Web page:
“This strange notion of indwelling,” he says, “comes from John’s gospel – the notion of dwelling and abiding in Christ.”
So indwelling joins abiding and contemplation as means of attentiveness in the Prime time of our lives.
Abiding and indwelling are almost synonyms. Some translators render Jesus’s words in John 15:4 as, “Abide in me as I abide in you,” others as, “Dwell in me as I dwell in you.” Still others translate them as, “Remain in me as I remain in you.” Whatever the translation, the vital reality is that Jesus and his disciples share a common life, as do a vine and its branches.
The thought of God’s “indwelling” his people runs like a golden thread through the Bible, from David’s prayer of longing to dwell in God’s tent, (Psalm 61:4), through the prophet Isaiah’s promise that God the “high and loft one” will “dwell with those who are contrite and humble in spirit,” (Isaiah 57:15), to the birth of Emmanuel, (“God with us,” Matthew 1:23), on to the apostle’s proclamation of the mystery of “Christ in you, the hope of glory,” (Colossians 1:27), and finally to the vision of John, the seer of the time, when “the home of God is among mortals. He will dwell with them,” (Revelation 21:3).
But what is the link between the God who is our eternal dwelling place, to whom hungry spirits long to go, and the God whose transforming presence finally dwells in every nook and cranny of all creation? John’s gospel story gives us the key: the arrival of the One whose dwelling was with God, who has come to pitch his tent among us and now dwells through his Spirit in those who by faith enter a living relation of loving obedience to him. In John’s story “indwelling” becomes a matrix in which all relationships meet.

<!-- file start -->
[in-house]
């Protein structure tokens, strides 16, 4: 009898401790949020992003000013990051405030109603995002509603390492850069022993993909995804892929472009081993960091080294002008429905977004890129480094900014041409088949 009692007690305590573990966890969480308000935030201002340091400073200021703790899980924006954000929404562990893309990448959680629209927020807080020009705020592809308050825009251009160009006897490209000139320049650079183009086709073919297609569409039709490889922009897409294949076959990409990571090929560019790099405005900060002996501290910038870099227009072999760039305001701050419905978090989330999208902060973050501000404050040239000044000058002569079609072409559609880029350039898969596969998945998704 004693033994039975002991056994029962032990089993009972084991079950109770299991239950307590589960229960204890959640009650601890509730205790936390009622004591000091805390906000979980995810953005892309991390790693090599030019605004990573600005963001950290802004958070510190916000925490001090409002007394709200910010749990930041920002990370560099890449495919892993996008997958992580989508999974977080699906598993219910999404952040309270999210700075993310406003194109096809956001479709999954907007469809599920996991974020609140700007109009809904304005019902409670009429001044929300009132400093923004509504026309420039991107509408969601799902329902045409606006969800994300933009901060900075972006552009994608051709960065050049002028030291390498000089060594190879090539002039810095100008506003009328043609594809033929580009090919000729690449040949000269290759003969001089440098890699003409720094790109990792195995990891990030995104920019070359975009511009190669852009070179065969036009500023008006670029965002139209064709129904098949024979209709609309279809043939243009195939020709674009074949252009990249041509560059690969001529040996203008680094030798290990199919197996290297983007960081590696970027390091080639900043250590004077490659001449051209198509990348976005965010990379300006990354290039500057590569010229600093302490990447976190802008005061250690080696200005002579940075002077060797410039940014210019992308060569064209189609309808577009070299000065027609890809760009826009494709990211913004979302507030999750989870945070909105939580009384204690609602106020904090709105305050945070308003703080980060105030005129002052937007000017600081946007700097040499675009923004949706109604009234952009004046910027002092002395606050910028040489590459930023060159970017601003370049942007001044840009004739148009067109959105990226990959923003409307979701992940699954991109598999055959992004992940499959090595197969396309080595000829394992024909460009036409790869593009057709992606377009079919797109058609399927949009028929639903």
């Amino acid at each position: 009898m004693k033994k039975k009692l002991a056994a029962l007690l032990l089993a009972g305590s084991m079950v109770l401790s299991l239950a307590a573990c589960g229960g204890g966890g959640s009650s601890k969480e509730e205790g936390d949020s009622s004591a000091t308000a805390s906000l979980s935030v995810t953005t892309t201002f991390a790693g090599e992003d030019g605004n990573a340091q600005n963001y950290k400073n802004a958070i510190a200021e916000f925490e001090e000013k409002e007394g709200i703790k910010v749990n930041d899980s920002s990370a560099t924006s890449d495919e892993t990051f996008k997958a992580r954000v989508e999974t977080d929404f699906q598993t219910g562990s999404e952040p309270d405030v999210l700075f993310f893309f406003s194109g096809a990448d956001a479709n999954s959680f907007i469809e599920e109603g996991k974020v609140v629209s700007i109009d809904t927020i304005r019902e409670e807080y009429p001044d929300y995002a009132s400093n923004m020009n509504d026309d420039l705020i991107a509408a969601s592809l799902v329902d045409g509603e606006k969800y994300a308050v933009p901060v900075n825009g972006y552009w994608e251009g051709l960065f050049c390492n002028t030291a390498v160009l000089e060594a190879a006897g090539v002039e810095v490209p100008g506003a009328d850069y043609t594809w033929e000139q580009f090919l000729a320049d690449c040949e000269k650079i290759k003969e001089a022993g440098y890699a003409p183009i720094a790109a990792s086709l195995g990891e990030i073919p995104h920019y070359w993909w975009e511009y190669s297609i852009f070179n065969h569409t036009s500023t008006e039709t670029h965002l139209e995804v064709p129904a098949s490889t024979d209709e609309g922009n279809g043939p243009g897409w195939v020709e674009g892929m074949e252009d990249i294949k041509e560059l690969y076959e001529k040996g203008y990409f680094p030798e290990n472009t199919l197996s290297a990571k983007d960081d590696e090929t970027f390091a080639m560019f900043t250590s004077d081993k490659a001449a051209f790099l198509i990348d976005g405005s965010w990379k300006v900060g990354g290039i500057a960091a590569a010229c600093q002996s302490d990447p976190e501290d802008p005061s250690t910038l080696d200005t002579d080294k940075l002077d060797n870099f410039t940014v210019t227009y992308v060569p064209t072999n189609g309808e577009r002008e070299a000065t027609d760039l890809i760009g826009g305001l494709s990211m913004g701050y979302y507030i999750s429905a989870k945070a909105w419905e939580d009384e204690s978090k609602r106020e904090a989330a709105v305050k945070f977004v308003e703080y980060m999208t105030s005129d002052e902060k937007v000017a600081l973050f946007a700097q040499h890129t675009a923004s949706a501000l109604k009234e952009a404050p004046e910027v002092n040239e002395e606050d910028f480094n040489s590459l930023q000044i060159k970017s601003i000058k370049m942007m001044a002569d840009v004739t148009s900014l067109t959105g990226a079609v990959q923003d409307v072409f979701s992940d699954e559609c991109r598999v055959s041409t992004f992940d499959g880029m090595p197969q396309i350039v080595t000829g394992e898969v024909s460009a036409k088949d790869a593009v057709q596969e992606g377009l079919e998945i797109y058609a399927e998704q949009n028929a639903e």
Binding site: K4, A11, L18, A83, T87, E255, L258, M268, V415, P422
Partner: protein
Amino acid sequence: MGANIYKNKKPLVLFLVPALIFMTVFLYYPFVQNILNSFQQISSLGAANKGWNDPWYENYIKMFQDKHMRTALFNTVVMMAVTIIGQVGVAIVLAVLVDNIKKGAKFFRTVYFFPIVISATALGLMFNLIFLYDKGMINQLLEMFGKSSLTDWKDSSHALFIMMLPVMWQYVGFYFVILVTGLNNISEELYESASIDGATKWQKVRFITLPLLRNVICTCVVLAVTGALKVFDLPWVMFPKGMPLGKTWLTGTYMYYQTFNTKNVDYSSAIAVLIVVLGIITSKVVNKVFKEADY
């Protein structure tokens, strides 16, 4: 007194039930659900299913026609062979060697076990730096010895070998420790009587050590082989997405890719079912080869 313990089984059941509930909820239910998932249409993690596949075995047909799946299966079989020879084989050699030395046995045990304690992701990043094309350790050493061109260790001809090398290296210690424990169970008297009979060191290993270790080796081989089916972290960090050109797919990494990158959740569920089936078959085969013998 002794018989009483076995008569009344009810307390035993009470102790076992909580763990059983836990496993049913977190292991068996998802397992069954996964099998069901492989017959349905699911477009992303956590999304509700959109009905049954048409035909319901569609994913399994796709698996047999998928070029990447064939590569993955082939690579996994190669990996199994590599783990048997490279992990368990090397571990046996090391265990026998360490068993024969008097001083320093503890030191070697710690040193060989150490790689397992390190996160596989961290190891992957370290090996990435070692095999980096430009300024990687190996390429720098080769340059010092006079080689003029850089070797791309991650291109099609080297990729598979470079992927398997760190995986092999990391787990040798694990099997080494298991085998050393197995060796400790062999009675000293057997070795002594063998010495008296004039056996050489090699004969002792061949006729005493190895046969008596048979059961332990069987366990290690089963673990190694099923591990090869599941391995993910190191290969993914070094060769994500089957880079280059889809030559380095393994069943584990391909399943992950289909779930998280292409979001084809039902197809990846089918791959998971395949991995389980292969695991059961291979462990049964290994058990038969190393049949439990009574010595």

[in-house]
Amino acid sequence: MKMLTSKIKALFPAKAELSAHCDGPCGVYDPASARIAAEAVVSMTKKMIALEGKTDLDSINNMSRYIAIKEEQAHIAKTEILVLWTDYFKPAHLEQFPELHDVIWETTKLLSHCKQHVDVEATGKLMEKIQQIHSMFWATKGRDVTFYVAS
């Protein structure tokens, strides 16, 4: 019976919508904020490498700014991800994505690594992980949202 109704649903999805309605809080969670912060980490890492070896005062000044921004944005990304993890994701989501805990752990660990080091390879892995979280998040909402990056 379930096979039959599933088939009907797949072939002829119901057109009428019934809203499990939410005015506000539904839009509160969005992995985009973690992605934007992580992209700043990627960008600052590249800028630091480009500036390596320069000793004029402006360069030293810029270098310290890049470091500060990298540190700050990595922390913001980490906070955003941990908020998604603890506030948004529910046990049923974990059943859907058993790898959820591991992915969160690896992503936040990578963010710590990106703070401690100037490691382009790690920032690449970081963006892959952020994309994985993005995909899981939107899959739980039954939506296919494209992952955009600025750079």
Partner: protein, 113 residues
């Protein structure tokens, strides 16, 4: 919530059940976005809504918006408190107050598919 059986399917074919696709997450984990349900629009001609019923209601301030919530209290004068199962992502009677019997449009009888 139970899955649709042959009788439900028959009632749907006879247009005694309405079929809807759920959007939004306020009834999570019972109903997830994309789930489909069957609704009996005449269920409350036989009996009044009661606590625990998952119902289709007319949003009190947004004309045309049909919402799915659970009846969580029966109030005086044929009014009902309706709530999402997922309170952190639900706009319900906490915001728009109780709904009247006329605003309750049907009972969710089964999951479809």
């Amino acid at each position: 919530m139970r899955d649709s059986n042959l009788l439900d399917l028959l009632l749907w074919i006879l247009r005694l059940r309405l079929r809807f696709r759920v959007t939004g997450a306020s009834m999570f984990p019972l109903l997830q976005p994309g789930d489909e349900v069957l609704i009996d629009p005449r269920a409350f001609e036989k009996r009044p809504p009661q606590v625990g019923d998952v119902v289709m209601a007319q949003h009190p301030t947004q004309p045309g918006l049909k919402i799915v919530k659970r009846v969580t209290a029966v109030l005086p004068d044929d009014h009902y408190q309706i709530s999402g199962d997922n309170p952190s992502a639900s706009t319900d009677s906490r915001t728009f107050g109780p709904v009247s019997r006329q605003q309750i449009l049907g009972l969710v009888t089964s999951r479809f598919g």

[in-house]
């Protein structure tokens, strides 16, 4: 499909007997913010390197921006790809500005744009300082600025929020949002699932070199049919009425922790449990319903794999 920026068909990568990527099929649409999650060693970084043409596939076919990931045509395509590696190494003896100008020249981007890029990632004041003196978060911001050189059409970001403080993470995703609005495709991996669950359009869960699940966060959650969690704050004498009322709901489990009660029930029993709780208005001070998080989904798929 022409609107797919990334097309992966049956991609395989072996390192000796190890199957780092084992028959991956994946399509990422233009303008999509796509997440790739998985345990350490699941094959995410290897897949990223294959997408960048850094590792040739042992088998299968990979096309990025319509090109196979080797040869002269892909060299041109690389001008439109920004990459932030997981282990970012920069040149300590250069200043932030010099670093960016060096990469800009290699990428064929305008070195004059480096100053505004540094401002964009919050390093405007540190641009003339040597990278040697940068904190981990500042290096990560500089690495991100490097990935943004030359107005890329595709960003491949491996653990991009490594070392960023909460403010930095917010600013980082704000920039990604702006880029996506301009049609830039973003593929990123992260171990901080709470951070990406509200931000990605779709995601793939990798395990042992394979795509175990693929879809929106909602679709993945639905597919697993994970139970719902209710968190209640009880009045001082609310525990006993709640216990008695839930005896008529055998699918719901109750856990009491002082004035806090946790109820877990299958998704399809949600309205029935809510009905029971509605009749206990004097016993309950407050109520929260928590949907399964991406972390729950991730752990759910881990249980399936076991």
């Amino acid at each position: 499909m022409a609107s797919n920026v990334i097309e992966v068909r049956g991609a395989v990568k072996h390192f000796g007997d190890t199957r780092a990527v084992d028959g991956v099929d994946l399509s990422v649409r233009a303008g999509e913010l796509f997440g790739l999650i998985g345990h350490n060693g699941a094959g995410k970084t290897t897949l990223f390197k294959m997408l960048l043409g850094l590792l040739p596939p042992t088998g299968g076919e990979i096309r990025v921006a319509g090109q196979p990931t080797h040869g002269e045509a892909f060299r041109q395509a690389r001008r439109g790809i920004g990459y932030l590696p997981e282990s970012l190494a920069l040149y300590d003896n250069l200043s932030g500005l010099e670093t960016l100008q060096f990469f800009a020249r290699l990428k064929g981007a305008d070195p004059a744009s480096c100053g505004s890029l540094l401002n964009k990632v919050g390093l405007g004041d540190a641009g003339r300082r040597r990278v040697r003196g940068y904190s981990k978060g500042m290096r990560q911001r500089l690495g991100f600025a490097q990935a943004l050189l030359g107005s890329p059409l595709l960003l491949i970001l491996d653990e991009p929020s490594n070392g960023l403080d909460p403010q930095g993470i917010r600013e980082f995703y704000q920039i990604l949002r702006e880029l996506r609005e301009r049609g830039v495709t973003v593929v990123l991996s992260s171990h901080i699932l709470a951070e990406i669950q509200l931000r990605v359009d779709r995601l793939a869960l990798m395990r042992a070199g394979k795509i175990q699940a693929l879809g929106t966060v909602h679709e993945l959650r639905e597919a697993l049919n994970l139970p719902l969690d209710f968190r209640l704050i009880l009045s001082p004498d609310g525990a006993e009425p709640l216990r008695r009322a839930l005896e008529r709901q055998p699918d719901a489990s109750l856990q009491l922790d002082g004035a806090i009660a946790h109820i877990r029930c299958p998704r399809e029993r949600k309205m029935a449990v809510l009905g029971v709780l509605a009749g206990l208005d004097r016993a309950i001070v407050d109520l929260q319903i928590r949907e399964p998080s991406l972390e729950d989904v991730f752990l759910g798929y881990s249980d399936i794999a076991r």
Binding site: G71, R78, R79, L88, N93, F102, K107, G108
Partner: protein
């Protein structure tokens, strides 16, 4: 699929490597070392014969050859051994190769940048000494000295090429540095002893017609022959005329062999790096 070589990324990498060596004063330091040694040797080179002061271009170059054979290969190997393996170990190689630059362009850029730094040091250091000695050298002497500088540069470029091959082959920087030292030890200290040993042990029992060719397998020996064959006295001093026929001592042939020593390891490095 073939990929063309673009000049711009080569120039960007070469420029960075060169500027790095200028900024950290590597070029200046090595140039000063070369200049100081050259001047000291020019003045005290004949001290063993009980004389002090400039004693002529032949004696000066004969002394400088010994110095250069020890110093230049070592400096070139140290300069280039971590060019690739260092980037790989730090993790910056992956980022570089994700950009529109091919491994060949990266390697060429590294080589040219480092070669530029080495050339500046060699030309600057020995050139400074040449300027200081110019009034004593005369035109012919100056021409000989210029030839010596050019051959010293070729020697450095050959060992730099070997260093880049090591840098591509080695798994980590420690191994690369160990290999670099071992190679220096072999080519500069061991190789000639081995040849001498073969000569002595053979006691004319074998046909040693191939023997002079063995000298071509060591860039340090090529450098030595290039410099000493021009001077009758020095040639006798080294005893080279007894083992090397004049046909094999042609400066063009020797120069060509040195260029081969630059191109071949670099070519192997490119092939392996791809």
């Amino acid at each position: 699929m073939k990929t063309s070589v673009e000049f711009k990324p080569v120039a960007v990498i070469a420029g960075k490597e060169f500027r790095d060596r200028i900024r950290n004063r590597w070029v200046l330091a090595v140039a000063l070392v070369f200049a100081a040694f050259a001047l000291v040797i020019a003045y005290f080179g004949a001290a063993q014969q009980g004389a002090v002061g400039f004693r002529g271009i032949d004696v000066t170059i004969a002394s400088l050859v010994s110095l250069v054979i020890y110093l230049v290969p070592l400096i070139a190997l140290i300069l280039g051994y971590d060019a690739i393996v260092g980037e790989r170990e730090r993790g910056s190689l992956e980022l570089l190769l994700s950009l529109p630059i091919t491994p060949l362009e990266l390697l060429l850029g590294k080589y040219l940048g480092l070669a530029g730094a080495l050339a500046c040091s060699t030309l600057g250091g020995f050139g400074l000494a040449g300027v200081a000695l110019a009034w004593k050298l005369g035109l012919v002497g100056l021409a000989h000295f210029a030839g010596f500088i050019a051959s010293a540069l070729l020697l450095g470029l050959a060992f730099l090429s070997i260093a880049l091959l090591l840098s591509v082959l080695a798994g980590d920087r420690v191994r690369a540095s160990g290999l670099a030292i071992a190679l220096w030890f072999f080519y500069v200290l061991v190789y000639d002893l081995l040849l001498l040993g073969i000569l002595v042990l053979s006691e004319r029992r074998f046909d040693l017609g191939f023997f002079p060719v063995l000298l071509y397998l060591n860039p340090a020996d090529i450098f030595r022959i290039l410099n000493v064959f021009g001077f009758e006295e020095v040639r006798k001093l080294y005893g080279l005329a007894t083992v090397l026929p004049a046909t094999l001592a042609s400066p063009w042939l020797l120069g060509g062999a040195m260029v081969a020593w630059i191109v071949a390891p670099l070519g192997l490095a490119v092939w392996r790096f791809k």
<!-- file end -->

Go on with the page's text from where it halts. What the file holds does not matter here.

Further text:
The same intimacy that the Father and Son share will be available to Jesus’s followers, for, he tells them, “The Spirit abides with you, and he will be in you,” (John 14:17). He promises that “those who love me will keep my word, and my Father will love them, and we will come to them and make our home with them,” (John 14:23).
Indwelling is an imperative for living this new and abundant life. “Abide in me and I in you,” Jesus commands, picturing branches drawing life from their “dwelling” in their vine’s trunk. So abiding is both an established and an ongoing relationship. Abiding, writes Newbigin, “is the continually renewed decision that what has been done once for all by the action of Jesus shall be the basis, the starting point, the context for all my thinking and deciding and doing.”
How do we make this continually renewed decision? By letting Jesus’s words dwell deeply in us. “If you abide in me, and my words abide in you, ask for whatever you wish, and it will be done for you,” said Jesus. And what follows from this abiding? Our prayers will be answered, the Father will be glorified, and we will bear abundant fruit and be recognized as Jesus’s disciples, (John 15:7-8).
And how is that fruit recognized?
It will simply be the life of Jesus being made visible in the midst of the life of the world.